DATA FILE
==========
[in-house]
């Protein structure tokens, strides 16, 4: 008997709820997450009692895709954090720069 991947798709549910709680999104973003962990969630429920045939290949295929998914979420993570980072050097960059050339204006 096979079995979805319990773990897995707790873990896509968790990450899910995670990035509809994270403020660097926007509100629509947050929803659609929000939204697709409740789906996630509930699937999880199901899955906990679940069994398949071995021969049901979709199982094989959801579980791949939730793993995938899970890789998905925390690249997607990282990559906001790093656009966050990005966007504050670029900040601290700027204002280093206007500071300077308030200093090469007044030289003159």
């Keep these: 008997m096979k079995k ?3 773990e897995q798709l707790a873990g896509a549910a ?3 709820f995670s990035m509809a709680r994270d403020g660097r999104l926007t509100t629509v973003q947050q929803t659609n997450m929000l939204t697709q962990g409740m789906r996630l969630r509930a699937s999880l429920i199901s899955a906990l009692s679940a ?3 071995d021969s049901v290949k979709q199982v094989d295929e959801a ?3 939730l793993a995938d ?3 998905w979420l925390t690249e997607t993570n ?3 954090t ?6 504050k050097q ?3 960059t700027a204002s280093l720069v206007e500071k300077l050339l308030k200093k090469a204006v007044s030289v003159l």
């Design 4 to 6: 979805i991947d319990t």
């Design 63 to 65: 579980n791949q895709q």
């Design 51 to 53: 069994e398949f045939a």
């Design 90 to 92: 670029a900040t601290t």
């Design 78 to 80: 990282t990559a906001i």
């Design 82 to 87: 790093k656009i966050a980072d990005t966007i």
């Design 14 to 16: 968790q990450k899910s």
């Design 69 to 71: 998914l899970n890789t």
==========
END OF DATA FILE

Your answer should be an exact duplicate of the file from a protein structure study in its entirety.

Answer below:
[in-house]
């Protein structure tokens, strides 16, 4: 008997709820997450009692895709954090720069 991947798709549910709680999104973003962990969630429920045939290949295929998914979420993570980072050097960059050339204006 096979079995979805319990773990897995707790873990896509968790990450899910995670990035509809994270403020660097926007509100629509947050929803659609929000939204697709409740789906996630509930699937999880199901899955906990679940069994398949071995021969049901979709199982094989959801579980791949939730793993995938899970890789998905925390690249997607990282990559906001790093656009966050990005966007504050670029900040601290700027204002280093206007500071300077308030200093090469007044030289003159």
């Keep these: 008997m096979k079995k ?3 773990e897995q798709l707790a873990g896509a549910a ?3 709820f995670s990035m509809a709680r994270d403020g660097r999104l926007t509100t629509v973003q947050q929803t659609n997450m929000l939204t697709q962990g409740m789906r996630l969630r509930a699937s999880l429920i199901s899955a906990l009692s679940a ?3 071995d021969s049901v290949k979709q199982v094989d295929e959801a ?3 939730l793993a995938d ?3 998905w979420l925390t690249e997607t993570n ?3 954090t ?6 504050k050097q ?3 960059t700027a204002s280093l720069v206007e500071k300077l050339l308030k200093k090469a204006v007044s030289v003159l």
């Design 4 to 6: 979805i991947d319990t």
């Design 63 to 65: 579980n791949q895709q």
């Design 51 to 53: 069994e398949f045939a």
């Design 90 to 92: 670029a900040t601290t």
């Design 78 to 80: 990282t990559a906001i």
């Design 82 to 87: 790093k656009i966050a980072d990005t966007i």
């Design 14 to 16: 968790q990450k899910s």
């Design 69 to 71: 998914l899970n890789t």